Date: 5 July 2024,  Author: Maciej Tyburski

The Polish-Belarusian Border: Russian and Belarusian Narratives

In today’s geopolitical landscape, Poland is engaged in ongoing hybrid warfare with the Russian Federation. This kind of offensive operation is a cornerstone tactic for Vladimir Putin, involving spreading disinformation about the border situation and manipulating it to fit the pro-Kremlin policy and narrative.

Hybrid warfare entails “an interplay or fusion of conventional as well as unconventional instruments of power and tools of subversion. These instruments or tools are blended in a synchronized manner to exploit the vulnerabilities of an antagonist and achieve synergistic effects[1]“. In essence, both Central and Eastern Europe, as well as Western Europe, face hybrid actions orchestrated by the Kremlin. However, it’s NATO’s eastern flank that bears the brunt of Russia’s coordinated efforts. The most vulnerable states include Poland, Lithuania, and Estonia––all of them being key allies of Ukraine, with Poland standing out for its rapid response and strong military and economic support for Kyiv. Russia is also targeting Finland, a new member of the North Atlantic Alliance. First of all, NATO’s eastern flank states are undertaking extensive initiatives to bolster border security, including the installation of security guards, walls, and barbed-wire fences. These measures are designed not only to curb illegal immigration but also to enhance the efficacy of border control and surveillance. Additionally, governments have frequently declared a state of emergency in all areas bordering Belarus. Conversely, fully closing borders carries negative economic consequences, such as impeding transit from Asia. Although these safeguards aid in controlling activities in the border area, they cannot entirely prevent illegal immigration. Therefore, these measures are more ad hoc and temporary rather than permanent.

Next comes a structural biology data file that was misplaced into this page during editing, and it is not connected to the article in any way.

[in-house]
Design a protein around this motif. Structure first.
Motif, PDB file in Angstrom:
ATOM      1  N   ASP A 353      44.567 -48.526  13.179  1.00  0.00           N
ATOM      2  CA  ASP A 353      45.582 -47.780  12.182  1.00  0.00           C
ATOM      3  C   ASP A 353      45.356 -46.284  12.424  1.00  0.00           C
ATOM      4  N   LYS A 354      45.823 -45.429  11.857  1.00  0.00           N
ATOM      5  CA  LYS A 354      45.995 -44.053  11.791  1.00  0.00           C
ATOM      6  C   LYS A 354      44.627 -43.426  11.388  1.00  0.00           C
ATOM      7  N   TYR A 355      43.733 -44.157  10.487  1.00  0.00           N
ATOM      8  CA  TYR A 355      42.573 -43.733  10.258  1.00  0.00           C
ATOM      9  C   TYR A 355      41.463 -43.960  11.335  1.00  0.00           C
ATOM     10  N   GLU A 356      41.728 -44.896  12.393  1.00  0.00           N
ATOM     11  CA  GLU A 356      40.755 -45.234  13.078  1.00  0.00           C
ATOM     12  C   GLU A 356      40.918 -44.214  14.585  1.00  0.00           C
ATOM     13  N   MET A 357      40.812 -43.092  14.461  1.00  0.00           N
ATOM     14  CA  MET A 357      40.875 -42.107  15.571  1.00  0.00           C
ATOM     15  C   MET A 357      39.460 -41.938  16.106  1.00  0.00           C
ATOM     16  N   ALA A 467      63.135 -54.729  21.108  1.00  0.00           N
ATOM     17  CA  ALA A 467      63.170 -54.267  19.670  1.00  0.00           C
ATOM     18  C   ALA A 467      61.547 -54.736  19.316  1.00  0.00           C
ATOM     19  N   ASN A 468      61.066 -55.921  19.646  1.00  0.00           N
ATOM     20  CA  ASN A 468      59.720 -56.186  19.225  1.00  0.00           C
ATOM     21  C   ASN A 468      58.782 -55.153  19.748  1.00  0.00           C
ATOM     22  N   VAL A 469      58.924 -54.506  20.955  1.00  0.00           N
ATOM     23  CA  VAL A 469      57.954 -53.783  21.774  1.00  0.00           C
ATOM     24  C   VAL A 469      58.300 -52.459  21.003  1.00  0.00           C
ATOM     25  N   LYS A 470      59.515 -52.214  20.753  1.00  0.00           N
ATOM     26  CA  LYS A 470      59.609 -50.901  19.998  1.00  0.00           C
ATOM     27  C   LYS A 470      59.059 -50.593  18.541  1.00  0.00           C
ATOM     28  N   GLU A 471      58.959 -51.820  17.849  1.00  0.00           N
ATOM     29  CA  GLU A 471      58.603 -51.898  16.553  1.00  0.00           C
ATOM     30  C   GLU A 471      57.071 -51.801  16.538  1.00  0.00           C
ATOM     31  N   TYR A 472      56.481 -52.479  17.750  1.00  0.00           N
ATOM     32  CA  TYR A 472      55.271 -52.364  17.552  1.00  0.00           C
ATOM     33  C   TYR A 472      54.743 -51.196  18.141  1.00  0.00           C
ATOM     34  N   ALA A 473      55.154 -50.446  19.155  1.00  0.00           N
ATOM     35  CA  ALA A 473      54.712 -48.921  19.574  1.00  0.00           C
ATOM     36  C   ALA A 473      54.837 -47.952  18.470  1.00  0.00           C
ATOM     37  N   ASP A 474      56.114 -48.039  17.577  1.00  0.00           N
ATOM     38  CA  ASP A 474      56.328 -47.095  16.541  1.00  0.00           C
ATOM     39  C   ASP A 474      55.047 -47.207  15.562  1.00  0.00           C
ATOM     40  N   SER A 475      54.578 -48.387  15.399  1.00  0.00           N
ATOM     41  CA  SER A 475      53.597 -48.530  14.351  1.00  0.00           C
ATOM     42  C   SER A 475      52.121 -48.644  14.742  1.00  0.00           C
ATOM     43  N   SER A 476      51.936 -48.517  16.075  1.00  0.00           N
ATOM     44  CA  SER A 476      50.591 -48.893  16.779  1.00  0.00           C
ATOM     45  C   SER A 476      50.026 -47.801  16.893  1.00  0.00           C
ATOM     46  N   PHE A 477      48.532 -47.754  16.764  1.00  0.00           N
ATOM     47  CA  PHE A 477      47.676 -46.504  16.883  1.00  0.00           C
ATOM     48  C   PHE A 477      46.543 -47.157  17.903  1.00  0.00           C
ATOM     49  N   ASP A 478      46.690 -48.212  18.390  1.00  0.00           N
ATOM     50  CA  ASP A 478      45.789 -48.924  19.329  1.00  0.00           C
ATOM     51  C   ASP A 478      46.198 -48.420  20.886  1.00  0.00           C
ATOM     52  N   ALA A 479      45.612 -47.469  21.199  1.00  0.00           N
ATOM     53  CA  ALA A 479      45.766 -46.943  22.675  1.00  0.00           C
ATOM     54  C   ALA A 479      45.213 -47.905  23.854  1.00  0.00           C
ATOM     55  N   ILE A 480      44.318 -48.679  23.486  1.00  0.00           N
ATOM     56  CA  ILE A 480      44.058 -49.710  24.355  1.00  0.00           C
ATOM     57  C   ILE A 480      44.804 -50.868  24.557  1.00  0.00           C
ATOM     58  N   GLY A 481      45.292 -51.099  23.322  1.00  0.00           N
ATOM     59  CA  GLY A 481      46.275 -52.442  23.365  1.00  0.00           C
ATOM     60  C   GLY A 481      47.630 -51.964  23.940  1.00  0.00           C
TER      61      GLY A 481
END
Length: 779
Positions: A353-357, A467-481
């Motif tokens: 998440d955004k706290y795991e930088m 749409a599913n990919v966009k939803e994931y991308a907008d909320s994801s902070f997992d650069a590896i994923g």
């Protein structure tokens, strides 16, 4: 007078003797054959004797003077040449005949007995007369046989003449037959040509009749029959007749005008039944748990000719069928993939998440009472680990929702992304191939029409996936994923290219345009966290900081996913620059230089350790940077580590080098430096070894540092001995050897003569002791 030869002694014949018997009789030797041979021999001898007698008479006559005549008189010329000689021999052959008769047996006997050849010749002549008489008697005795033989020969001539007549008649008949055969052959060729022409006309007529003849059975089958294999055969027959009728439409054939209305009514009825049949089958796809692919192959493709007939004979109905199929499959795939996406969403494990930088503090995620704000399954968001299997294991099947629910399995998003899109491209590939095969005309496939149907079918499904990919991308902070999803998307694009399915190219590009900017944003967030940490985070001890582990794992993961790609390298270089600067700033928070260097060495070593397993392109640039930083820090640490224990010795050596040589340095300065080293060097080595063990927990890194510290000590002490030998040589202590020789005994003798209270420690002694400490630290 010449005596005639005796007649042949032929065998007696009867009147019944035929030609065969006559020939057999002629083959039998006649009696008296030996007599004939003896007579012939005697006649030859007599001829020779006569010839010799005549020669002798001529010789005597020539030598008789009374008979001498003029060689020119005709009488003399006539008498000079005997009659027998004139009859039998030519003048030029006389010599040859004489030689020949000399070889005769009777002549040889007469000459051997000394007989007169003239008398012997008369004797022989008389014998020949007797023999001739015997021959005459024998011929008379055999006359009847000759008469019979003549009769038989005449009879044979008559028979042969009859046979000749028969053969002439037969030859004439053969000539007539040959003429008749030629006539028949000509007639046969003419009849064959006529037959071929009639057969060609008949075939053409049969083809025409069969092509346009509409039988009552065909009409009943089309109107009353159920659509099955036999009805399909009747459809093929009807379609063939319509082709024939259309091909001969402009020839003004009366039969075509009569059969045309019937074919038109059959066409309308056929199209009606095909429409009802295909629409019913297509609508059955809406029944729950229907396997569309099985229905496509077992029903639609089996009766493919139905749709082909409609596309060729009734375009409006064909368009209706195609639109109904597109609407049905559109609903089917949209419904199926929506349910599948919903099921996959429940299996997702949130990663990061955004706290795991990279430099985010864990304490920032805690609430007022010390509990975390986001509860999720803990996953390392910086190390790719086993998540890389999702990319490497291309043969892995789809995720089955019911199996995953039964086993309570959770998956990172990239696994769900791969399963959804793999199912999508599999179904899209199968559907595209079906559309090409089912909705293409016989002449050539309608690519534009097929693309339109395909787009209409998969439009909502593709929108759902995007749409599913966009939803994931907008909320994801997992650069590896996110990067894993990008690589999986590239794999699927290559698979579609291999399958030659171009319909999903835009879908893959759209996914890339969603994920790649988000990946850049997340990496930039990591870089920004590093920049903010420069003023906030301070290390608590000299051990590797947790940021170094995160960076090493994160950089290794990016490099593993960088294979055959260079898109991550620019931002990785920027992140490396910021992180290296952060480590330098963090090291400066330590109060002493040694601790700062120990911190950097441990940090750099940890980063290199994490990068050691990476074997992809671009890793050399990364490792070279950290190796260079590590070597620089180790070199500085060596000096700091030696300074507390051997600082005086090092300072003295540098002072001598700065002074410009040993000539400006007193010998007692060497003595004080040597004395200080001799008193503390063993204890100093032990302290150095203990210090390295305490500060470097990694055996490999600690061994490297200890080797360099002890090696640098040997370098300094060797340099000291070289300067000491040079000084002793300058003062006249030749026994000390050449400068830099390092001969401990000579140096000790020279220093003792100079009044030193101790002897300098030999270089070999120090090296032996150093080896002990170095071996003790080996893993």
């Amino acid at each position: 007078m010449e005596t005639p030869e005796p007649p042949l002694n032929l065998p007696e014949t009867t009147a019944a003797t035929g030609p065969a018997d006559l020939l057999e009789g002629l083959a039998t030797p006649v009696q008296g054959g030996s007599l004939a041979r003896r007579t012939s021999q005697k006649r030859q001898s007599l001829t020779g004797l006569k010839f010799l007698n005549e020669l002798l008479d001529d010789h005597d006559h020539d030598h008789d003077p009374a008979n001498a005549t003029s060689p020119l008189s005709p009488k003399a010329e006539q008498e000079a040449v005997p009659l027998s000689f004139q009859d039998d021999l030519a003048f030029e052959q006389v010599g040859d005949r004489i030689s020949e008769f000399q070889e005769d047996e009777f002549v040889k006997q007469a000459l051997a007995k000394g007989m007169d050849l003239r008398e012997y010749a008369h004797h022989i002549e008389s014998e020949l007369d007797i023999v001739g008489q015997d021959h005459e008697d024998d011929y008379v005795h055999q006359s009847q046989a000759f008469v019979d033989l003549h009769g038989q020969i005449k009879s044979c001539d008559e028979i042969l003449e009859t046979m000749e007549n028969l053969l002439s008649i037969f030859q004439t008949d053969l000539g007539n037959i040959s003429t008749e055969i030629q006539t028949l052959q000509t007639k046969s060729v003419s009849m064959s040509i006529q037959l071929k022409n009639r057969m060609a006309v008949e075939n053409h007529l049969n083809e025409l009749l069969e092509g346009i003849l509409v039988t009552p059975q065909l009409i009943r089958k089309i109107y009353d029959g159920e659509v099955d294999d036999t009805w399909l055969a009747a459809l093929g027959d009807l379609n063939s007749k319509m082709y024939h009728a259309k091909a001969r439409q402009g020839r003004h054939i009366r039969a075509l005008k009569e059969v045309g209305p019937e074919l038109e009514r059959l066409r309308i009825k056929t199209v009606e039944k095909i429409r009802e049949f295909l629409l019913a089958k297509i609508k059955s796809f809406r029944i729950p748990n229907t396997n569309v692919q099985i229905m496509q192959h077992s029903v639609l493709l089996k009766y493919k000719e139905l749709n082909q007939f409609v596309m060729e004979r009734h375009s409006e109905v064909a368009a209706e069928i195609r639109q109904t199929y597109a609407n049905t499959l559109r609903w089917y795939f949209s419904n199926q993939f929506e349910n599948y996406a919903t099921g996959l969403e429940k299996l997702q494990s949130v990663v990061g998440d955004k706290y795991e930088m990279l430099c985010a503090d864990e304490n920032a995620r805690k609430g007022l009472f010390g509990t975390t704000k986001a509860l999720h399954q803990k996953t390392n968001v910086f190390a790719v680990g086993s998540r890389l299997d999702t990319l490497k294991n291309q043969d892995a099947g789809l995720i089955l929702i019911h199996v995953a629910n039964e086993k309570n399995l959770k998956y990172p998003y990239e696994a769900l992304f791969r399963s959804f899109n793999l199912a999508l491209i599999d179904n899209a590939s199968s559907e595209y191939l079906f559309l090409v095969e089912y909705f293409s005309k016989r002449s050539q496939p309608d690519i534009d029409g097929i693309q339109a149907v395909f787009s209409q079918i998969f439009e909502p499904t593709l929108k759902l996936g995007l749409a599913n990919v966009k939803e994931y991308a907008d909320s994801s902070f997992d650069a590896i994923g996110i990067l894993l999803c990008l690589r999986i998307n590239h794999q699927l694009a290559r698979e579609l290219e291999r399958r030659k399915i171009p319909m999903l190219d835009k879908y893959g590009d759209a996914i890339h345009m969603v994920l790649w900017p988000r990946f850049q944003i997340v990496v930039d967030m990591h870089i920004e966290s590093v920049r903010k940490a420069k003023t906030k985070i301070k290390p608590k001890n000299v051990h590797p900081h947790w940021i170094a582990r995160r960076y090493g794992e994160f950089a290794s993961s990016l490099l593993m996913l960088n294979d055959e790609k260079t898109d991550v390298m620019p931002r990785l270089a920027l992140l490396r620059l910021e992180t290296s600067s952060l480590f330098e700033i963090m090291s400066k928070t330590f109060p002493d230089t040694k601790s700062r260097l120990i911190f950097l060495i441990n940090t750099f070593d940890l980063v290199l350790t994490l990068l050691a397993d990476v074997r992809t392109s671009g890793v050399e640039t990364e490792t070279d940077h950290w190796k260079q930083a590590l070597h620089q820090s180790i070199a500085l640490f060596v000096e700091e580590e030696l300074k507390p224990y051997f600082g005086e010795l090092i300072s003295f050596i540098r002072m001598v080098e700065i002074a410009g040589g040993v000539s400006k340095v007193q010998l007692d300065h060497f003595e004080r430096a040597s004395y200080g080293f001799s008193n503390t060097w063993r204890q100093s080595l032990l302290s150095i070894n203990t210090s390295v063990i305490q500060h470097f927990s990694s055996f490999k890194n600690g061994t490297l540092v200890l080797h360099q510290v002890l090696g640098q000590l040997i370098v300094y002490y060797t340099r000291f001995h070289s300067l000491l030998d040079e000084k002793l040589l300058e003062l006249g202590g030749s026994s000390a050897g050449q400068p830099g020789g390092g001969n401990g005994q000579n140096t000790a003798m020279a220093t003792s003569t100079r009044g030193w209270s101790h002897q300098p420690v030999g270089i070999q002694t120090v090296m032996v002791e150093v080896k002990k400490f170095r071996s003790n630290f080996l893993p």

It is worth noting that hybrid actions were traditionally a Russian strategy. However, in recent years and months, Belarus, often viewed as an extension of Russian influence in the region, has also adopted these tactics.

Migration has become a significant challenge for modern Europe, especially since 2015. Migrants and refugees are drawn to European countries for their high standards of living and the comprehensive support provided by the governments. In recent years Poland and other states along NATO’s eastern flank have seen two different types of refugees. Firstly, back in 2021, migrants already attempted to cross the Belarusian border into its EU neighbors. Secondly, Russia’s full-scale invasion of Ukraine in February 2022 forced hundreds of thousands––if not millions––of Ukrainians to flee their country and arrive in neighboring central European countries. There is a fundamental difference between these two. Supporting Ukrainian citizens reflects a democratic movement and fraternal aid during times of war, whereas a massive wave of illegal migration from Belarus is an orchestrated scheme to serve the Kremlin’s political agenda. Sadly, this is a textbook example of the use of a demographic weapon. However, we are not just facing a migration crisis; we are also subjected to the aforementioned hybrid warfare by the Russian Federation, bolstered by Alexander Lukashenko, whose dependence on Vladimir Putin grows increasingly stronger by the day, week, and month.